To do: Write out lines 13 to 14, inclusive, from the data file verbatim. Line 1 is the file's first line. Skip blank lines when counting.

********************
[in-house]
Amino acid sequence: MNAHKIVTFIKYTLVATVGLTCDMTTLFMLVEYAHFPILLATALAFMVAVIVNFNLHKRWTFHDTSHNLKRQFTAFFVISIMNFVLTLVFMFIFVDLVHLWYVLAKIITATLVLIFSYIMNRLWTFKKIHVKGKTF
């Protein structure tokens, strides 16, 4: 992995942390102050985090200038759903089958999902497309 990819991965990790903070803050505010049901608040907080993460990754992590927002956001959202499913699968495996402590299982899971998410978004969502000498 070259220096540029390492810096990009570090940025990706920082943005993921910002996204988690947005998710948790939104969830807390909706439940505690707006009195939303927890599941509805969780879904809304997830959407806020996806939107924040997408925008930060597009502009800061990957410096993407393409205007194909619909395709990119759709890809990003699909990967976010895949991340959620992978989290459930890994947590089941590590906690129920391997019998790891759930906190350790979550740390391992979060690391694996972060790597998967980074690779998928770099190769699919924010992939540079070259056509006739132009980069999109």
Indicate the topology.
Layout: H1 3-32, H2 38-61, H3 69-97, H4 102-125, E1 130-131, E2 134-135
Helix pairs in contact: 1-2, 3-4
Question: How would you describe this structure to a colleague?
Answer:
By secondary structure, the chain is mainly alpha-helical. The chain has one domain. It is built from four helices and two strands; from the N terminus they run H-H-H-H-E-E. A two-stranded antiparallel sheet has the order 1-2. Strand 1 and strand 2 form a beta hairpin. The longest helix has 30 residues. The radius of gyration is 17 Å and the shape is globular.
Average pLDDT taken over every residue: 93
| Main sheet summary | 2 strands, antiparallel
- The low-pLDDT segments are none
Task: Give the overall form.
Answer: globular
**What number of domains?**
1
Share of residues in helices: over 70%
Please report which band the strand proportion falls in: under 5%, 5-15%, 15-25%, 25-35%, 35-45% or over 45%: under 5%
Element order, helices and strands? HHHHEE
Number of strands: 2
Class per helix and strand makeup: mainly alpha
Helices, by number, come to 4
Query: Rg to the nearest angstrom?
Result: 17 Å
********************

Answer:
Task: Give the overall form.
Answer: globular